Human Resource Management A Practitioners Approach Course - Intensive Full-Time 3 Months

Human Resources

Human Resource & Organisational Development Consultancy (HRODC) Postgraduate Training Institute
Course Programme Human Resource Management: A Practitionera ™s Approach
Leading to Diploma Postgraduate Human Resource Management and MA Human Resource Management
Module # Module Title
001 Dynamics of Organisational Change Management
003 Trainer Training: Training for Trainers
004 Motivating Workers: Intrinsic and Extrinsic Rewards
005 Employee Resourcing: Recruitment and Selection
006 Diversity Management: A Value-Added Inclusion
032. B1 Organisation Management: An Introduction
032. B6 Managing Individual Performance
037 Advanced Financial Accounting
056 Training Needs Analysis: Determining Training Needs
123. 1 Key Success Factors (KSFs): Strategic Operational Survival Imperatives
131 Strategic Planning, Business Planning and Budgeting for Organisational Effectiveness
147 Current and Recurrent Issues in Human Resource Management (HRM)
Related Software Programs or Products: None
Related Awards, Degrees or Certifications: Postgraduate-Diploma
Related Jobs or Careers: Dynamics of Organisational Change Management Module Objectives By the conclusion of the specified learning and development a
This is primarily ilt training
on-line e-learning cbt (computer based)This is an online eLearning or CBT training program
on-line tutorialThis is an online tutorial
instructor led trainingThis class may be available at a classroom in London, London,
Course Level:executive
Duration:3 months
Training Presented in:English
Master's Degree Program Provided by Human Resource & Organisational Development Consultancy (HRODC) Postgraduate Training Institute

Human Resource Management A Practitioners Approach Course - Intensive Full-Time 3 Months Seminar Schedule

    Location    
March, 2016
21st Mar   Hotel - Central London   [Register]
 
Human Resource Management A Practitioners Approach Course - Intensive Full-Time 3 Months
Dynamics of Organisational Change Management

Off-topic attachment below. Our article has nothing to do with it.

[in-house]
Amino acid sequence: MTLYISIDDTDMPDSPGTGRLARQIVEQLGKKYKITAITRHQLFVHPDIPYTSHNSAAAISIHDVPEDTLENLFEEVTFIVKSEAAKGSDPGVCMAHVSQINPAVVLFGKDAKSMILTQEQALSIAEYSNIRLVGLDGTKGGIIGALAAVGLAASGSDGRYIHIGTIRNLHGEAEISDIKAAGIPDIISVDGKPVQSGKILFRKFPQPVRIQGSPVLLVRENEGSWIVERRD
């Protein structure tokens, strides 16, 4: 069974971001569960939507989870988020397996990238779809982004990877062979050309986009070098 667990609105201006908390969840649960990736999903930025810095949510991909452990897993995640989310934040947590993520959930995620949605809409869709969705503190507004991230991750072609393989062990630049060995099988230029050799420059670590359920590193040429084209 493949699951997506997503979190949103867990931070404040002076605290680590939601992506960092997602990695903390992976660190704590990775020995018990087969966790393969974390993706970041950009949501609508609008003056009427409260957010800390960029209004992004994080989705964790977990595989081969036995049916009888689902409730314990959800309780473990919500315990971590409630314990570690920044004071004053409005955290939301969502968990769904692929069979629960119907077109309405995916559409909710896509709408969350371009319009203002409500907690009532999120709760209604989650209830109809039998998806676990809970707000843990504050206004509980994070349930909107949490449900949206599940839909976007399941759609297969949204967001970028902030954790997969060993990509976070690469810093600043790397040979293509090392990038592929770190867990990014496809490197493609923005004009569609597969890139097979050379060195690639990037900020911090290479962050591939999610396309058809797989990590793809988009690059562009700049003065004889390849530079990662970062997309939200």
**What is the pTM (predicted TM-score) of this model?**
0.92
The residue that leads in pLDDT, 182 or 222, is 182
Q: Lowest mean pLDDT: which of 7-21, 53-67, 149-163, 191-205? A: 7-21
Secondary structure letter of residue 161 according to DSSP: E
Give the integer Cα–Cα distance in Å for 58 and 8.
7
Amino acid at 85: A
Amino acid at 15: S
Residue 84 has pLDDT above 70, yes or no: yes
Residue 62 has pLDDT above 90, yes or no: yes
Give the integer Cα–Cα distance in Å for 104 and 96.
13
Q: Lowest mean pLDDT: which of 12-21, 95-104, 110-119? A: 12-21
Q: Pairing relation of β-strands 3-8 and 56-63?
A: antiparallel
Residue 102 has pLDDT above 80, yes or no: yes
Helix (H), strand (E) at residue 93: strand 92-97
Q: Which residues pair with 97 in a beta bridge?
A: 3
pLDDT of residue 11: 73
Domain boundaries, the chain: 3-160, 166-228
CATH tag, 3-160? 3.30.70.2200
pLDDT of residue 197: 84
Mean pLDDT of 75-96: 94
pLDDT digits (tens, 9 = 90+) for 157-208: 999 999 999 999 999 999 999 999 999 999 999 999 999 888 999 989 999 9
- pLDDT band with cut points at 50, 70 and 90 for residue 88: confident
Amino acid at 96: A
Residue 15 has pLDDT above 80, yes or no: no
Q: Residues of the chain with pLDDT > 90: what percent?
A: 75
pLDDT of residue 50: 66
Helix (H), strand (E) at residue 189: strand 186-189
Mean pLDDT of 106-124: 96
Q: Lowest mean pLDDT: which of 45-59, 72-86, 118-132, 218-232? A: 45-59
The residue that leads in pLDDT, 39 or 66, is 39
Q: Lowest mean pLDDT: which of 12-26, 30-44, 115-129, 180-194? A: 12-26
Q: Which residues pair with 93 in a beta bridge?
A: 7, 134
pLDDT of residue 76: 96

Module Objectives
By the conclusion of the specified learning and development activities, delegates will be able to:
Define Organisational Development (OD)
Determine how OD leads to Organisational Effectiveness
Discuss the Differing Perspectives in OD
Distinguish Micro-OD from Macro-OD
Explain OD Interventions
Determine OD Success
Demonstrate their awareness of the inevitability of organisational change.
Demonstrate the need for a proactive stance in relation to Organisational change.
Determine the factors, which contribute to workers resistance to change.
Suggest the efforts, which an organisation might employ to reduce workers resistance to change.
Demonstrate their awareness of change management and human resource implications.
Distinguish between change strategies and approaches to change.
Illustrate the advantages and disadvantages of each strategy.
Manage latent and manifest resistance to change.
Determine the situations when a particular approach might be appropriate.
Determine the most effective ways of communicating change decisions to workers.
Illustrate the advantages and drawbacks of group involvement in decisions related to change.
Design measures, which will ensure change institutionalisation.
Demonstrate leadership in the implementation of change, whilst avoiding whilst avoiding Human and Organisational Casualties.
Dynamics of Organisational Change Management
Module Contents, Concepts and Issues
Organisational Development
What is Organisational Development (OD)?
OD and Organisational Effectiveness:
Differing Perspectives
Micro-OD
Macro-OD
OD Interventions
Determining OD Success
Organisational Change Management
Change and Its Inevitability
Anticipating the Need for Change
Resistance to Change
Latent and Manifest
Change Management and Human Resources Implications
Pertinent Factors Associated With Change Implementation
Approaches to Change: Their Merits and Demerits
The Big Bang Approach
The Incremental Approach
Strategies for Effecting Change
Influence Change Strategies: When They Should Be Used Or Avoided.
Control Change Strategies: When They Should Be Used Or Avoided.
Communicating Organisational Change (Organisational change)
Communication Media:
Mass or Personalised Communication?
Mode and Channels of Communication
Getting the Message Right
Timing of Communication
Who Should Communicate What, When?
Use of Groups in Change Process
Managing Latent and Manifest Resistance to Change